IP Experience: Islamic meditation (February 19th)
Module 7 (March 12th): Islamic Psychology and Mental Health
This module examines the contributions of classical Muslim scholars to what is today called the field of psychology or mental health. Also to be explored are issues that arise with terminology such as “mental” health; what role religion and spirituality play in disease conceptualization, treatment, and prevention; the place (or not) of spiritual diseases of the heart in mental healthcare; diagnosing spiritual disorders; and issues related to the development of holistic Islamic frameworks of various mental health issues like suicide, depression, anxiety, and more.
IP Experience: Islamic meditation (March 19th)
Module 8 (April 9th): Islamic Medicine and Healing
The field of Islamic healing is vast and includes prophetic medicine (al-Tibb al-Nabawi), Sufism (tasawwuf), spiritual modalities such as dhikr, duaa, ruqya, other modalities and concepts like muraqaba and muhasaba, and what is today called mind-body or complementary and alternative medicine. This module explores this area of Islamic healing. Also to be examined are distinctions between modern clinical services such as psychotherapy and medical care versus Islamic spiritual care and the role of clinician versus sheikh/spiritual guide.
IP Experience: Islamic meditation (April 16th)
Module 9 (May 14th): Research Methods in a Multidisciplinary Field
Building upon discussions in previous modules on how “science” is defined and conceptualized, this module explores various research methods available to the multidisciplinary field of Islamic psychology and what role religion and spirituality could have in the research process (as opposed to as topics of research inquiry). Various questions will also be examined such as methodological issues of using quantitative measurements on qualitative constructs (spiritual experiences, etc.) and more.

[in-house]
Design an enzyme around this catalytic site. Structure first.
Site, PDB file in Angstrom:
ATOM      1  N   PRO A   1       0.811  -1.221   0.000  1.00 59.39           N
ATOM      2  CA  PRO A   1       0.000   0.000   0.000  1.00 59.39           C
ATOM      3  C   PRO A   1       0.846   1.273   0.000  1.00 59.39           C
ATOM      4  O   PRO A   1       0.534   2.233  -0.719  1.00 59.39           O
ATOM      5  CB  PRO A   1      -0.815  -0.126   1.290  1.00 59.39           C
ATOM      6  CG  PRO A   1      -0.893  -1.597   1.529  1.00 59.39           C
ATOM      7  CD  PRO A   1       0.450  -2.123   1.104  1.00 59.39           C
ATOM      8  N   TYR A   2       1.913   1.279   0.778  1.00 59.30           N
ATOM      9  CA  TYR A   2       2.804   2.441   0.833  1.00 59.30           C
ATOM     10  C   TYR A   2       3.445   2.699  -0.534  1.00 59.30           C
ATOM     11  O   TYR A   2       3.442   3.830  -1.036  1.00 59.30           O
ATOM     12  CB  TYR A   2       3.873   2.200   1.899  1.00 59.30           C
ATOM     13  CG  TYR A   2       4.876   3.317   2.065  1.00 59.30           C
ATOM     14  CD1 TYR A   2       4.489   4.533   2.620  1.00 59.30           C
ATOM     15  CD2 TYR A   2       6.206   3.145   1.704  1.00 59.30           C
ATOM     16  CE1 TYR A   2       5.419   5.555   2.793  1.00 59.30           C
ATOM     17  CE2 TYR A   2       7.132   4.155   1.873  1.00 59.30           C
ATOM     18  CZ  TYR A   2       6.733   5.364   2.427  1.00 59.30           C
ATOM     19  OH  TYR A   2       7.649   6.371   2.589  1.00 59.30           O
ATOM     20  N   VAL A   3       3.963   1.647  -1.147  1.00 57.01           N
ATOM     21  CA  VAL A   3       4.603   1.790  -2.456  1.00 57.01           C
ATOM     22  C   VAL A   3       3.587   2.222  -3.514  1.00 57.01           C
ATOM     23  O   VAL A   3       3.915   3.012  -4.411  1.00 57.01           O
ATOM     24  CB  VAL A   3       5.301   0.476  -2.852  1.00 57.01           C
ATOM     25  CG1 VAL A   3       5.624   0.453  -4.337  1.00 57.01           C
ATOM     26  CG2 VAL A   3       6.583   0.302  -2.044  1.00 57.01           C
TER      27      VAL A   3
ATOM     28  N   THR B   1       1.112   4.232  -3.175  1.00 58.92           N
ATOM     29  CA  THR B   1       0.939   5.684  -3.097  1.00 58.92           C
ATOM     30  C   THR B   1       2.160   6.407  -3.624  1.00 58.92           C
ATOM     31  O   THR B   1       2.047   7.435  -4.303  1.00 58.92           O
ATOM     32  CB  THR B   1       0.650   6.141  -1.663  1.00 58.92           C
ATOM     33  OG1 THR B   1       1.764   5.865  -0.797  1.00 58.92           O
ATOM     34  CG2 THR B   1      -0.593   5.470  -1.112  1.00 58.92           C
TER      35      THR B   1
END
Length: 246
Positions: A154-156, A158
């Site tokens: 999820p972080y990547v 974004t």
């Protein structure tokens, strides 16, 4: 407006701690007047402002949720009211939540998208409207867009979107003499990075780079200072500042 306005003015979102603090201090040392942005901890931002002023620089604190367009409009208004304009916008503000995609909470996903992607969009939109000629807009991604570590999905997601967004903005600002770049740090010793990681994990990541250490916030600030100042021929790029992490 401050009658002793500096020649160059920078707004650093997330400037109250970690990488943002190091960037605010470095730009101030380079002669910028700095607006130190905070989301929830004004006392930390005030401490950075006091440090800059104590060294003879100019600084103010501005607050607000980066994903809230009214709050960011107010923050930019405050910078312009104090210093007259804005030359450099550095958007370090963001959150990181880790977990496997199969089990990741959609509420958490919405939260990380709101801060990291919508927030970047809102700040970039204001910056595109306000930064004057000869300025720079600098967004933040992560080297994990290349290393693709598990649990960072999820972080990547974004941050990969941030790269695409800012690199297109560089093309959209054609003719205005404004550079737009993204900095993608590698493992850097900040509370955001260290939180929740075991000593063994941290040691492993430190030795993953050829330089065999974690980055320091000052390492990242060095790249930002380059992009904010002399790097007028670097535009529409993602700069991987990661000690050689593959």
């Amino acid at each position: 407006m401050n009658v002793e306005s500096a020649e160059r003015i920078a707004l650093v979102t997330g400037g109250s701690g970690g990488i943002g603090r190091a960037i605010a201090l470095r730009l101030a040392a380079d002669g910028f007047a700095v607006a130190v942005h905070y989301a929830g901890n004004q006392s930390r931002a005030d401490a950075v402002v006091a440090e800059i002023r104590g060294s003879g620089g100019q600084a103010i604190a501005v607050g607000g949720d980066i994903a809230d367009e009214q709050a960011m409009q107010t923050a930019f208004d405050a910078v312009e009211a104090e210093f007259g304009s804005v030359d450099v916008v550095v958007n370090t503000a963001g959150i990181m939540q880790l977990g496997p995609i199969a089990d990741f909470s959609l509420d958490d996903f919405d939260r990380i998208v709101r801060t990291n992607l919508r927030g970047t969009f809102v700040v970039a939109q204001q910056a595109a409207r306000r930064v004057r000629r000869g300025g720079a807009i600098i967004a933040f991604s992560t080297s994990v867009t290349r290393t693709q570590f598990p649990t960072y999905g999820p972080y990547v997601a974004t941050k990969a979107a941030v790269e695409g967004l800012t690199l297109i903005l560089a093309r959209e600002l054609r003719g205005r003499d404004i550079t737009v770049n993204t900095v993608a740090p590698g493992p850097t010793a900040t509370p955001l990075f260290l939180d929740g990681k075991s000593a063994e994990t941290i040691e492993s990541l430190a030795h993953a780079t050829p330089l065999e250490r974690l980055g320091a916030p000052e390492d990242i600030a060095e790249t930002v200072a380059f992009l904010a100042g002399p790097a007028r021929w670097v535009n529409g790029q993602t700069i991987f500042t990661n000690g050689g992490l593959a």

IP Experience: Islamic meditation (May 21st)
How is the program administered? The program is completely online. All class sessions are live and last two hours each, either from 1-3pm EST or from 3-5pm EST. Recordings of sessions will be available afterwards but attendance of live sessions is strongly preferred and encouraged. A full list of class dates and timings will be provided to registered students.
Who is this course designed for? This is a public course designed for anyone wanting to know more about the academic field of Islamic psychology including students, clinicians, scholars, professionals, and more. This is not a course that focuses on the mental health needs of Muslims, as important as a topic as that may be. Rather, the program focuses on the development of frameworks of psychology that are rooted in the Islamic theological and philosophical traditions.
Is this course accredited? There is currently no regulatory body that accredits Islamic psychology courses. This is a public course and attendees will receive a certificate of completion issued by the Alkaram Institute at the end. This course does not prepare or train attendees for any sort of clinical practice. For attendees who are currently enrolled in a graduate program elsewhere and are interested in doing their MA thesis or doctoral dissertation on an IP topic, consider applying to our Islamic Psychology Research Fellowship program. For more information, see our website.
Are there assignments or exams for the course? There will be a good amount of assigned reading and some personal reflection exercises to be done outside of class. However, there are no formal exams.
How do I register for the program? Send an email with “register” in the subject line to firstname.lastname@example.org. The content of the email should include your full name, location, as well as one sentence about your background (are you a student? If so, where and in which subject? Are you a scholar or professional? If so, in which field etc.). Your email to us will generate an invoice that will be emailed back to you. PLEASE ALLOW 3-4 DAYS FOR PROCESSING TIME. Once you receive the invoice and pay the tuition, you will be enrolled in the program. Program materials will be provided early September. Access to our online classroom will be provided just before the program begins in late September.
How many credit hours is the program? The entire program is comprised of 34 instruction hours. Each of the 9 modules, except module 1, has two class sessions. The first is a 2 hour lecture and discussion session and the second, one week later, is an experiential meditation class that will also have ample time for discussion and integration. Module 1 does not have the experiential meditation class.
How much does the program cost? The cost of the program is $389 – which is approximately $11 per hour of live instruction.
For other questions not answered here, please reach out to email@example.com